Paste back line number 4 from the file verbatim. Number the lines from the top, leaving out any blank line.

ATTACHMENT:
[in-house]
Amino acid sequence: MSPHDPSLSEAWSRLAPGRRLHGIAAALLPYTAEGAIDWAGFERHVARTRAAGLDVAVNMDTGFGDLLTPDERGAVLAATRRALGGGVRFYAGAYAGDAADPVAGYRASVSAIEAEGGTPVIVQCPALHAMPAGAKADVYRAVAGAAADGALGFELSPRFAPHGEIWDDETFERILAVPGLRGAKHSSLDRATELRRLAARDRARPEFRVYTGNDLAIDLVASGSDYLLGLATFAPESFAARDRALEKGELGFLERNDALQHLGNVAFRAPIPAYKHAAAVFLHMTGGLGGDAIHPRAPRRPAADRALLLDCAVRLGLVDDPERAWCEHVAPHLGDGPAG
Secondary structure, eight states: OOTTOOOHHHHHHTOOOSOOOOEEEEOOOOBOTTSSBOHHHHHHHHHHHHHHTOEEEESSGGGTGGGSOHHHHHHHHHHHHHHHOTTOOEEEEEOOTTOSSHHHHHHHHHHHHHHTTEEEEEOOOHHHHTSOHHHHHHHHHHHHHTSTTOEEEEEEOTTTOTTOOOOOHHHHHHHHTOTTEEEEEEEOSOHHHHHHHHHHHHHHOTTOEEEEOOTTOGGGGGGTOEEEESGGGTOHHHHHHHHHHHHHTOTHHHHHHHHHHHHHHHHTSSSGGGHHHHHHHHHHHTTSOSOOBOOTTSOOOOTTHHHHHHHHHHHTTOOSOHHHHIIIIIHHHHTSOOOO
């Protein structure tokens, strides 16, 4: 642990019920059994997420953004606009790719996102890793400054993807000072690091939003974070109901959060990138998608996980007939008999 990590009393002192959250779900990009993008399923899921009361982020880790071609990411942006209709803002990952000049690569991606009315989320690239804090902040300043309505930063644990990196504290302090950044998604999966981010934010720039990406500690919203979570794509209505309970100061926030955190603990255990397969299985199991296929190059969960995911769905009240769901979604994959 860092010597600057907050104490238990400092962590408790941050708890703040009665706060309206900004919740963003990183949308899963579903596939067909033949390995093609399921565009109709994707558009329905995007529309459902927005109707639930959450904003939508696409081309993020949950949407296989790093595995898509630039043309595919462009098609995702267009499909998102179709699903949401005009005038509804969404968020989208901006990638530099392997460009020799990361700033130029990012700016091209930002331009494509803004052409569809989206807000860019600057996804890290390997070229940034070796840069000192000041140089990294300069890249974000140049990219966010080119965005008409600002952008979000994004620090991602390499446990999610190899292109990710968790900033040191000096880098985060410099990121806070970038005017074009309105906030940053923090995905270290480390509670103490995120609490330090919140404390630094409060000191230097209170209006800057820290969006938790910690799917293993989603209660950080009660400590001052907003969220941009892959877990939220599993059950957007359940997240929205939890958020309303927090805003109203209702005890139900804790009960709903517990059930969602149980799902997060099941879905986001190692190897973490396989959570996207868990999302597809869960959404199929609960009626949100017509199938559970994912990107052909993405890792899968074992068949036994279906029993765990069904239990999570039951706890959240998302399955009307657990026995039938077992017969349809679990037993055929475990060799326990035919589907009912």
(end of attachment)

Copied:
């Protein structure tokens, strides 16, 4: 642990019920059994997420953004606009790719996102890793400054993807000072690091939003974070109901959060990138998608996980007939008999 990590009393002192959250779900990009993008399923899921009361982020880790071609990411942006209709803002990952000049690569991606009315989320690239804090902040300043309505930063644990990196504290302090950044998604999966981010934010720039990406500690919203979570794509209505309970100061926030955190603990255990397969299985199991296929190059969960995911769905009240769901979604994959 860092010597600057907050104490238990400092962590408790941050708890703040009665706060309206900004919740963003990183949308899963579903596939067909033949390995093609399921565009109709994707558009329905995007529309459902927005109707639930959450904003939508696409081309993020949950949407296989790093595995898509630039043309595919462009098609995702267009499909998102179709699903949401005009005038509804969404968020989208901006990638530099392997460009020799990361700033130029990012700016091209930002331009494509803004052409569809989206807000860019600057996804890290390997070229940034070796840069000192000041140089990294300069890249974000140049990219966010080119965005008409600002952008979000994004620090991602390499446990999610190899292109990710968790900033040191000096880098985060410099990121806070970038005017074009309105906030940053923090995905270290480390509670103490995120609490330090919140404390630094409060000191230097209170209006800057820290969006938790910690799917293993989603209660950080009660400590001052907003969220941009892959877990939220599993059950957007359940997240929205939890958020309303927090805003109203209702005890139900804790009960709903517990059930969602149980799902997060099941879905986001190692190897973490396989959570996207868990999302597809869960959404199929609960009626949100017509199938559970994912990107052909993405890792899968074992068949036994279906029993765990069904239990999570039951706890959240998302399955009307657990026995039938077992017969349809679990037993055929475990060799326990035919589907009912």